Explore further: New mouse model for hepatitis C

More information: B.Y. Winer el al., "Preclinical assessment of antiviral combination therapy in a genetically humanized mouse model for hepatitis delta virus infection," Science Translational Medicine (2018). stm.sciencemag.org/lookup/doi/ … scitranslmed.aap9328

Related Stories

New mouse model for hepatitis C

September 19, 2013
Hepatitis C affects about three million people in the U.S. and is a leading cause of chronic liver disease, so creating a vaccine and new treatments is an important public health goal. Most research to date has been done ...

Researchers report new system to study chronic hepatitis B

July 25, 2017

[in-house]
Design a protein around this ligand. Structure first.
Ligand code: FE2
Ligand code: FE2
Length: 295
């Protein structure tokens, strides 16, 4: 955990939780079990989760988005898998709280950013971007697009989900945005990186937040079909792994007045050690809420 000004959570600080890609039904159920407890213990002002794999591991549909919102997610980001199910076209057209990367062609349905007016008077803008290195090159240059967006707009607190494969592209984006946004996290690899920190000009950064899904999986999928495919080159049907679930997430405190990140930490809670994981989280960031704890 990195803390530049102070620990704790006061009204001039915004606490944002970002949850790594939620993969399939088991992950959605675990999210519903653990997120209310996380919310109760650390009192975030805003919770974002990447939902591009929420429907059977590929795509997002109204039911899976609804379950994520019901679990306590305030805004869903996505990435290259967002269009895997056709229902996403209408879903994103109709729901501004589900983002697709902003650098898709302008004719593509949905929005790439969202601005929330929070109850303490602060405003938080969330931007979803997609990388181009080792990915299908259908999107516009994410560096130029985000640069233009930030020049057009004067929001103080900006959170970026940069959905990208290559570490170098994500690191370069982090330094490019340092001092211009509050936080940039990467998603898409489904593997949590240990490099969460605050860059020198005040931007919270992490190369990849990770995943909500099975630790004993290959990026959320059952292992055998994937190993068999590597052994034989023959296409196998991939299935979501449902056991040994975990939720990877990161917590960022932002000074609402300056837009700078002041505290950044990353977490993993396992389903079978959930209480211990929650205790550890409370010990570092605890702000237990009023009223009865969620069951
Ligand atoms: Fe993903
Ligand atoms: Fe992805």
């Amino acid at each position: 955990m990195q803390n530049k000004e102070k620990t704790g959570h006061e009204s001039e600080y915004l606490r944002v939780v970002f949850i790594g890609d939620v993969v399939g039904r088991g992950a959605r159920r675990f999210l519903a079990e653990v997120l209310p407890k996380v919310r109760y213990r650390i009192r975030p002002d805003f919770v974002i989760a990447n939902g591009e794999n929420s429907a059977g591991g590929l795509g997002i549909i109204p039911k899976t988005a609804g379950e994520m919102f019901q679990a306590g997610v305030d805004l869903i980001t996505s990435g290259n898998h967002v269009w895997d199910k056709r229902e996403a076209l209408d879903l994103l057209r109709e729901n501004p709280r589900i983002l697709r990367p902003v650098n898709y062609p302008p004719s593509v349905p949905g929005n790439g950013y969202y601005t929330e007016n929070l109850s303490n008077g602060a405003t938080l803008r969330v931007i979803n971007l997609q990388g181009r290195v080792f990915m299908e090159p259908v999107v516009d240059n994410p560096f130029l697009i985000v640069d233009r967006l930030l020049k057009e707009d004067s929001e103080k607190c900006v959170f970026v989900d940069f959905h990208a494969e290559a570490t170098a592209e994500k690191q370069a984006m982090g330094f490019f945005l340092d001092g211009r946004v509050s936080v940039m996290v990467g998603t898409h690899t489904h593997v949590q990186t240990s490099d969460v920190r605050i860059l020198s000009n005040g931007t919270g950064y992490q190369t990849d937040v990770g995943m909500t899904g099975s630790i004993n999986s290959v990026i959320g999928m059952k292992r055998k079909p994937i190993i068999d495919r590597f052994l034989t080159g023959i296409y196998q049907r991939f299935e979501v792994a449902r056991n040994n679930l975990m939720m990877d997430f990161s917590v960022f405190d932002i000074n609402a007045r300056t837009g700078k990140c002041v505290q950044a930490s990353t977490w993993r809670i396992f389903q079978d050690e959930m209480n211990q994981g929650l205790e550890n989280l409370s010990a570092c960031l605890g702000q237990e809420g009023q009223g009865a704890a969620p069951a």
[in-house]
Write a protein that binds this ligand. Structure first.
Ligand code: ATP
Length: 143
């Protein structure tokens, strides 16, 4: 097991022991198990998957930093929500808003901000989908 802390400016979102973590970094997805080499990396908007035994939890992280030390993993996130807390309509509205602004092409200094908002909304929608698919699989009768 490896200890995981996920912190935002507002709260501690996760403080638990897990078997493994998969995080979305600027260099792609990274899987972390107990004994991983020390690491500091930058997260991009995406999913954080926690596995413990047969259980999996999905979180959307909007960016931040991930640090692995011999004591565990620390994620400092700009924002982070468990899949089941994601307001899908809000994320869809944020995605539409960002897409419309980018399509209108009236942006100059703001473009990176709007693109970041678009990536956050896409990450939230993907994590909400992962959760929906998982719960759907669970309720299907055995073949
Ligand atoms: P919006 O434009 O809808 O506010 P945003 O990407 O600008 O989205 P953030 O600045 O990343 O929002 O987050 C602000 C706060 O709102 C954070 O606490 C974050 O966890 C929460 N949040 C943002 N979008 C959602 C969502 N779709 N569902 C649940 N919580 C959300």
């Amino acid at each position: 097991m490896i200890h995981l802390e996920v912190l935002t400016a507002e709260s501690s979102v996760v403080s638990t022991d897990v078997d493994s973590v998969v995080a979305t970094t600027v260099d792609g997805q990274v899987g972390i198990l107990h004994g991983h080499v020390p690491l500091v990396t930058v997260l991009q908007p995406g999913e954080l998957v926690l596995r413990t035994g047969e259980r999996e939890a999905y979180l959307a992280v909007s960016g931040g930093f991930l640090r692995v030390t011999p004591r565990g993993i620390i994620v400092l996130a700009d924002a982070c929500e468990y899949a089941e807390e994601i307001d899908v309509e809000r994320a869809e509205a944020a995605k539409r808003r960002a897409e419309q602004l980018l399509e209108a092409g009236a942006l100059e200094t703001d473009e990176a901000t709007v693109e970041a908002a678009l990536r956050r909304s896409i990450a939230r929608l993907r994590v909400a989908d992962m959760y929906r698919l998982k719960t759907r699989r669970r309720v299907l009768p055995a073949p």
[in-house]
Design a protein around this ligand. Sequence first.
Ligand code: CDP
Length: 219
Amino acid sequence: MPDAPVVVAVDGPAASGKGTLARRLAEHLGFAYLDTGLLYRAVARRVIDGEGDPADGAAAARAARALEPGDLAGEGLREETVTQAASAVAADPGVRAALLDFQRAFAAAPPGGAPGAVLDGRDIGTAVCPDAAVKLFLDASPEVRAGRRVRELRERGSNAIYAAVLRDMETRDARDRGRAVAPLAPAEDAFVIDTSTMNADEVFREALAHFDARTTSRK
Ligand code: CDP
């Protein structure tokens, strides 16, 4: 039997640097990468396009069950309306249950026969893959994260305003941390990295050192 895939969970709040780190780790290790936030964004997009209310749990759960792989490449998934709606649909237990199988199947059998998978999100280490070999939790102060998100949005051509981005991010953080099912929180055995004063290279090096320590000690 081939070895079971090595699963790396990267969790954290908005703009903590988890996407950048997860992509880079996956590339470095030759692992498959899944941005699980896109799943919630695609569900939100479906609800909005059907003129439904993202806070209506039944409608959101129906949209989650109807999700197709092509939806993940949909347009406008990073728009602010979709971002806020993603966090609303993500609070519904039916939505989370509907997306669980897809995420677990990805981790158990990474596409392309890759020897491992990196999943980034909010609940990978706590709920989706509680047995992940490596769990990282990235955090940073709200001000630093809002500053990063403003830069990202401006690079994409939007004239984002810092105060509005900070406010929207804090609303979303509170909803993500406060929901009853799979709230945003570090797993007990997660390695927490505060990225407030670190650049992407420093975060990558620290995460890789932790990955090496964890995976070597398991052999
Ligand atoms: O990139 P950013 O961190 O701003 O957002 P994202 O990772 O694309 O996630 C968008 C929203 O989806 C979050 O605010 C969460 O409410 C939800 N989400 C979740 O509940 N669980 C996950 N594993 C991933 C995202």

Scientists from Princeton University's Department of Molecular Biology have successfully tested a cell-culture system that will allow researchers to perform laboratory-based studies of long-term hepatitis B virus (HBV) infections. ...

Scientists uncover a factor important for Zika virus host species restriction

June 19, 2018
Princeton University researchers Qiang Ding, Alexander Ploss, and colleagues have identified one of the mechanisms by which Zika virus (ZIKV) circumvents immune control to replicate in human cells. The paper detailing this ...

Scientists create first genetically humanized mouse model for hepatitis C

June 8, 2011
Scientists at Rockefeller University and The Scripps Research Institute have developed the first genetically humanized mouse model for hepatitis C, an achievement that will enable researchers to test molecules that block ...

New model for hepatitis B helps identify potential new therapeutic approach

October 26, 2015
A promising new avenue for treating hepatitis B has been reported by researchers at Hiroshima University who have developed a new animal model of the disease.

Recommended for you

Scientists uncover DNA 'shield' with crucial roles in normal cell division

July 18, 2018